Writers Playing Well With Others

LastChanceXmasBall.FromAnneby Mary Jo

Occasionally I've been asked who I might like to collaborate with to write a book.  My answer is more or less "That will happen over my dead body!"  It's my book.  MINE!!!

Yet though writing is justly known as a solitary pursuit, that doesn't mean that writers don't like talking with other writers, and that we can find ways of benefiting from such interactions.

I'm part of an online book club of long time authors.  We all started in romance, and some have gone in different directions such as mystery, women's fiction, and paranormal.  But we're all storytellers in our DNA, and our last book discussion slid into talking about writer's processes (often very different} and that morphed into a discussion of working with others in a constructive way. 

Imposter's Syndrome is pretty common, even among successful writers who have written EchoesOfTerrorFront (1)dozens of books.  The feeling, usually when one is in the middle of writing a new book, that someone will say "You're a fraud!  You don't really know how to write!"  This can happen despite the evidence of multiple awards and bestselling books, proving that authors are masters of cognitive dissonance. <G> 

As Maris Soule said, "I know I was relieved, years ago, when I heard other successful writers say they feared one day the world would discover they really didn't know how to write or create a story."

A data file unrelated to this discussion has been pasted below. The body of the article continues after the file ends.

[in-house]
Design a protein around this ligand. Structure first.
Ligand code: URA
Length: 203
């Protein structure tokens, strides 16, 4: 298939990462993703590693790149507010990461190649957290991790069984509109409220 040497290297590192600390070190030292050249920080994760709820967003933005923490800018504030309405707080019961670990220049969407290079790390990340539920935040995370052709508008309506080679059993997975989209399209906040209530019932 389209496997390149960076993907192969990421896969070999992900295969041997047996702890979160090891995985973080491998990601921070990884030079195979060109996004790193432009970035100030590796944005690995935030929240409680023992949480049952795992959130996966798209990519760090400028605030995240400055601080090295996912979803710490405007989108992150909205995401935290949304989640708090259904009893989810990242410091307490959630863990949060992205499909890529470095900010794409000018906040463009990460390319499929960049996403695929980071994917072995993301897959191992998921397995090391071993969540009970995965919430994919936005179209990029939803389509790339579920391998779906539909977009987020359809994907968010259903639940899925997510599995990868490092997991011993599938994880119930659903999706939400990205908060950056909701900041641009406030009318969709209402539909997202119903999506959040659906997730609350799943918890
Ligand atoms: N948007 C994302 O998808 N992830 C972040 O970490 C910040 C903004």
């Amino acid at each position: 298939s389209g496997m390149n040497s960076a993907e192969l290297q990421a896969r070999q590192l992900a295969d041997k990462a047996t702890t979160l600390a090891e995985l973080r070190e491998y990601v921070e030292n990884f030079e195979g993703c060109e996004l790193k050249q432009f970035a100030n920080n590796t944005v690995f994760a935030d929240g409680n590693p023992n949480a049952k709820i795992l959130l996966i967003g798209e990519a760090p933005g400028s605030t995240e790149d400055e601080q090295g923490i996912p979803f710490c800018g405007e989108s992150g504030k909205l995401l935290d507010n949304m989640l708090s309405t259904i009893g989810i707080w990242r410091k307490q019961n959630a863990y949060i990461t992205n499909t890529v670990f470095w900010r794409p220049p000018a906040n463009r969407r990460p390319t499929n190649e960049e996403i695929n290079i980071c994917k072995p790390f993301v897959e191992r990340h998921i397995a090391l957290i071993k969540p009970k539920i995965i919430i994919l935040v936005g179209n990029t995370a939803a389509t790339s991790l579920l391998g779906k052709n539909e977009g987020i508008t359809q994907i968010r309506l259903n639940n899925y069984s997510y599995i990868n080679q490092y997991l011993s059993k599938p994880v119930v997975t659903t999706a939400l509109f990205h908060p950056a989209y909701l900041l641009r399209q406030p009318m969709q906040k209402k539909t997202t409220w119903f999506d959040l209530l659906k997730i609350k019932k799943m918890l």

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What We’re Reading: April Edition

Pat  Jojo Mayesby Mary Jo

We Word Wenches love doing these posts because we always find new authors to try! 

Starting off with Pat Rice:

One Plus One by  JoJo Moyes  I love the way romance has expanded into women’s fiction, and One Plus One by JoJo Moyes is a masterful example of how it’s done. It’s clear from the very first that we have a conflicted hero and heroine. Ed is owner of a software company about to go mega-huge. Jess is his housekeeper—and he doesn’t even know she exists because she cleans his vacation home, and he never takes vacations.

But this is not the usual meet cute or billionaire-sweeps-heroine-off-her-feet. They both come with so much baggage that it takes most of the book to unload it, with bits exploding along the way—in suitably dramatic fashion. She comes with a math genius daughter and a goth teenager who isn’t even hers, plus a giant slobbery dog. He has a dying father, a screaming sister, a girlfriend he tried to get rid of by handing off insider stock info, and an ex-wife who helps herself to his bank account whenever she likes.


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